- The Washington Times - Wednesday, September 26, 2001

Local Muslims have found more support than violent backlash from fellow Americans in the wake of the deadly Sept. 11 terrorist attacks.
Despite several isolated incidents of harassment and assault, local Muslims say Americans overall have embraced the Islamic community, in some cases, offering to repair mosques and storefronts, including one in Alexandria,Va. that had been vandalized.
"Everybody has been very nice, very kind," said Hazim Barakat, an Islamic bookstore owner whose windows were smashed two days after the terrorist attacks. "The people who commit these violent acts are one in a million."
The response, they say, has been the opposite of the widespread backlash the media has warned against after the attacks on the World Trade Center and the Pentagon.
"The general public has been more supportive than ever before," said Farkhunda Ali with the American Muslim Council in the District. "Sure, there's still some ignorance, but I think that love and acceptance will conquer evil."
Local Muslims concede there has been some backlash against Arab-Americans across the country. So far, three men a Sikh, a Pakistani-American and an Egyptian-American have been killed in three separate hate crimes in the United States since the terrorist attacks.
There also were several mosques or Islamic community centers that were vandalized or burned down, and several Muslim women were accosted on the street. In some cases, Muslim schoolchildren have been taunted by fellow students. Some have found notes with racial slurs in their lockers.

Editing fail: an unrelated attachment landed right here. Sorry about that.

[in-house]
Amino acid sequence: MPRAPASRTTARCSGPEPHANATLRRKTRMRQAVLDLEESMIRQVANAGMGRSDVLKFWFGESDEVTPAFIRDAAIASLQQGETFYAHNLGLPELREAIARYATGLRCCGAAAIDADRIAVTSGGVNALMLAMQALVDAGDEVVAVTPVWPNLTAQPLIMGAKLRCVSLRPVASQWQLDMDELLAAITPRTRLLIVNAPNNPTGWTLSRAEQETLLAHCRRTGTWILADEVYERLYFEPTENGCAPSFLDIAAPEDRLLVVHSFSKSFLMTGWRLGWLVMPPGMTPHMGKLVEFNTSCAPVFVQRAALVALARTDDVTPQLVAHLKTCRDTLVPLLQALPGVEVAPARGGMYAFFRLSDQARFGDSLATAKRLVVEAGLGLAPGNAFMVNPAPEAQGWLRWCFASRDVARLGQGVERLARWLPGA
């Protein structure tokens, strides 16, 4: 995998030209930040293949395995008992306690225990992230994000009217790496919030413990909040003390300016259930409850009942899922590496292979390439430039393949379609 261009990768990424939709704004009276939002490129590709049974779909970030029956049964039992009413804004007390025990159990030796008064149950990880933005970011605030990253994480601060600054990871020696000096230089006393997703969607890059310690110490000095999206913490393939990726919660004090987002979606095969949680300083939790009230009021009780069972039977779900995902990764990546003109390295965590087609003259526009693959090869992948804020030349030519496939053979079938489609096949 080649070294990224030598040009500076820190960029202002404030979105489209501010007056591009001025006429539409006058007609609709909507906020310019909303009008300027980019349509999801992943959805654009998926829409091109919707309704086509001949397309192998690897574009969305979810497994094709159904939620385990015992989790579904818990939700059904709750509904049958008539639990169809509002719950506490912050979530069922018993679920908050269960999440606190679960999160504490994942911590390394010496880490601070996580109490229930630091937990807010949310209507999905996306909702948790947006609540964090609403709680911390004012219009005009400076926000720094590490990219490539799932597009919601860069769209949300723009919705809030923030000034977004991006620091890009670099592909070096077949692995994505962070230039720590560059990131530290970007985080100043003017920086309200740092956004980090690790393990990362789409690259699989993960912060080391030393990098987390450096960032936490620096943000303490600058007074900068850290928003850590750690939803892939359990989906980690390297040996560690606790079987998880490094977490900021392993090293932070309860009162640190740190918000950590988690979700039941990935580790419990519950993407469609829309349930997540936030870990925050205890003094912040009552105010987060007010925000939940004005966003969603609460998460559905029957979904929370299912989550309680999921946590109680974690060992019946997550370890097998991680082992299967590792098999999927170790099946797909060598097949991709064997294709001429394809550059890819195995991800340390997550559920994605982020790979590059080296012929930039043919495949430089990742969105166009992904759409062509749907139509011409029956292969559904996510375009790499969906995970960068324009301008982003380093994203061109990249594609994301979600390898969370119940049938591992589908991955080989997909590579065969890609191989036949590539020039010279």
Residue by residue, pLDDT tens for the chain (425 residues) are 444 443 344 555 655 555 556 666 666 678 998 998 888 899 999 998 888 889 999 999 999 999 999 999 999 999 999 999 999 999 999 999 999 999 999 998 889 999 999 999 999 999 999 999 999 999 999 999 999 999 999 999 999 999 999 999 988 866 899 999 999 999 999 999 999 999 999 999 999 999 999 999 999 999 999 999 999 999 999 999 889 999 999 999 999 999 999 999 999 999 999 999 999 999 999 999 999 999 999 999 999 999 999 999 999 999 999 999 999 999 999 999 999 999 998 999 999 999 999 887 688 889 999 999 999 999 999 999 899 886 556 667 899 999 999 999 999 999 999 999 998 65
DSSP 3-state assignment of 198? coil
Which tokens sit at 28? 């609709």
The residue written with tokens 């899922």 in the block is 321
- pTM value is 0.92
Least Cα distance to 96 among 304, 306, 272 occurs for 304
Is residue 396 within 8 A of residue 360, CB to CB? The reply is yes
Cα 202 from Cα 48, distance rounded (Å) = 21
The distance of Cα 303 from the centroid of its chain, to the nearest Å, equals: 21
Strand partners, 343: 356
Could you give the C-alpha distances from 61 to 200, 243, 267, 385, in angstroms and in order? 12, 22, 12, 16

But no matter how horrific the incidents have been to the victims, local Muslims say the community has suffered far less backlash than the public had feared.
"I'm very sorry that three people got killed," said Sabir Rahman, president of the Muslim Community Center in Silver Spring. "But how many people died in the attacks [at the World Trade Center and at the Pentagon]?"
Mr. Rahman said yesterday he believes the media are to blame for much of the crime that has been committed against Muslims.
"The media constantly says it's the Muslim terrorists who did this, it's the Islamic terrorists who did the attacks," Mr. Rahman said. "How do you expect people to react? The media is just inflaming the public by repeating this."
Muslims agree that they are not surprised the local Islamic community has gotten so much public support.
Several local Muslim groups, including the Council on American Islamic Relations in the District, have received several telephone calls and e-mail messages that offered to protect members of the community.
"We've gotten a lot of support," said Ibrahim Cooper, CAIR's communications director.
Mr. Barakat, who owns the Islamic bookstore on King Street in Alexandria, said he received $700 from a private organization and local residents to help replace the storefront windows. "The support has just been overwhelming," he said.

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